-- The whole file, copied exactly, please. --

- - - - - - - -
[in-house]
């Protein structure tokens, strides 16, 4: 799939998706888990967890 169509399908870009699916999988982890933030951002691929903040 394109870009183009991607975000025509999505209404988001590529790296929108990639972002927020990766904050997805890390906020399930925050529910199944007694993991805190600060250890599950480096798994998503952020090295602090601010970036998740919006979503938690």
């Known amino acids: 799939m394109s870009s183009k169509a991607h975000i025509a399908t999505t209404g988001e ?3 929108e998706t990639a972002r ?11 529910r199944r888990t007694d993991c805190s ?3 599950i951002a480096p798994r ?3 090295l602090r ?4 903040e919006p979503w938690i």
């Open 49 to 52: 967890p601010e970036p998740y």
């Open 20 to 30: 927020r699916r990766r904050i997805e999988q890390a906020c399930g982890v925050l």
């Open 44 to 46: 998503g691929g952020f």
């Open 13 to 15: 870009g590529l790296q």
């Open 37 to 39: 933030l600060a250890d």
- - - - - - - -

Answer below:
[in-house]
């Protein structure tokens, strides 16, 4: 799939998706888990967890 169509399908870009699916999988982890933030951002691929903040 394109870009183009991607975000025509999505209404988001590529790296929108990639972002927020990766904050997805890390906020399930925050529910199944007694993991805190600060250890599950480096798994998503952020090295602090601010970036998740919006979503938690």
């Known amino acids: 799939m394109s870009s183009k169509a991607h975000i025509a399908t999505t209404g988001e ?3 929108e998706t990639a972002r ?11 529910r199944r888990t007694d993991c805190s ?3 599950i951002a480096p798994r ?3 090295l602090r ?4 903040e919006p979503w938690i």
């Open 49 to 52: 967890p601010e970036p998740y």
């Open 20 to 30: 927020r699916r990766r904050i997805e999988q890390a906020c399930g982890v925050l």
């Open 44 to 46: 998503g691929g952020f």
């Open 13 to 15: 870009g590529l790296q």
């Open 37 to 39: 933030l600060a250890d």